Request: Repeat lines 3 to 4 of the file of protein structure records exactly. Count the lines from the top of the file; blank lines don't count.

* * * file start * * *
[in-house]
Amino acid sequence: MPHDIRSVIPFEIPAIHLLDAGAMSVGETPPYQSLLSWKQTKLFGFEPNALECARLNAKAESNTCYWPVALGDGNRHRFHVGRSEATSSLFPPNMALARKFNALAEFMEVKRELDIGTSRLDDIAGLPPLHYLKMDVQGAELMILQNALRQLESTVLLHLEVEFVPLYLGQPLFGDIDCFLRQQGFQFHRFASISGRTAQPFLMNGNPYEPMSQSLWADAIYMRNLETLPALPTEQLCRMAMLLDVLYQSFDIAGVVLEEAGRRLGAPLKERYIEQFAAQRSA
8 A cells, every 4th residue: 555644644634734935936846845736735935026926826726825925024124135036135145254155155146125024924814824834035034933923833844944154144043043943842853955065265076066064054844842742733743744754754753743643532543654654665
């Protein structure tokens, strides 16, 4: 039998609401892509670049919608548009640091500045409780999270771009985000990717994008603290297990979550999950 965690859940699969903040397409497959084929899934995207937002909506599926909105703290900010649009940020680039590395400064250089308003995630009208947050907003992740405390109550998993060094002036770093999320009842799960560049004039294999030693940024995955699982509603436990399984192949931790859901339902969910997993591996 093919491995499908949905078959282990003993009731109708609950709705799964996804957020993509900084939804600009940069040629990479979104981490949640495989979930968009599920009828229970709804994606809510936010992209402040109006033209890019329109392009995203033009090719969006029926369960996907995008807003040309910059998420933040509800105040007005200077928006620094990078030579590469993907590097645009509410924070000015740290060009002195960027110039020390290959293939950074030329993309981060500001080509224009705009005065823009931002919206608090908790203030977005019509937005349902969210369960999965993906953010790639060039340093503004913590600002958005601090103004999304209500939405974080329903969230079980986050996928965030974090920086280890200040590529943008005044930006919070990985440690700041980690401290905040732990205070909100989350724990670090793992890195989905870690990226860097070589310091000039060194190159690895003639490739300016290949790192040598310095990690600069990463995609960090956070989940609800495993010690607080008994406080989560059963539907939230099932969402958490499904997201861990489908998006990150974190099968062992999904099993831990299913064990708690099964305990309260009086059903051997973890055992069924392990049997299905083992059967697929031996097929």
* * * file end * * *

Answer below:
8 A cells, every 4th residue: 555644644634734935936846845736735935026926826726825925024124135036135145254155155146125024924814824834035034933923833844944154144043043943842853955065265076066064054844842742733743744754754753743643532543654654665
């Protein structure tokens, strides 16, 4: 039998609401892509670049919608548009640091500045409780999270771009985000990717994008603290297990979550999950 965690859940699969903040397409497959084929899934995207937002909506599926909105703290900010649009940020680039590395400064250089308003995630009208947050907003992740405390109550998993060094002036770093999320009842799960560049004039294999030693940024995955699982509603436990399984192949931790859901339902969910997993591996 093919491995499908949905078959282990003993009731109708609950709705799964996804957020993509900084939804600009940069040629990479979104981490949640495989979930968009599920009828229970709804994606809510936010992209402040109006033209890019329109392009995203033009090719969006029926369960996907995008807003040309910059998420933040509800105040007005200077928006620094990078030579590469993907590097645009509410924070000015740290060009002195960027110039020390290959293939950074030329993309981060500001080509224009705009005065823009931002919206608090908790203030977005019509937005349902969210369960999965993906953010790639060039340093503004913590600002958005601090103004999304209500939405974080329903969230079980986050996928965030974090920086280890200040590529943008005044930006919070990985440690700041980690401290905040732990205070909100989350724990670090793992890195989905870690990226860097070589310091000039060194190159690895003639490739300016290949790192040598310095990690600069990463995609960090956070989940609800495993010690607080008994406080989560059963539907939230099932969402958490499904997201861990489908998006990150974190099968062992999904099993831990299913064990708690099964305990309260009086059903051997973890055992069924392990049997299905083992059967697929031996097929």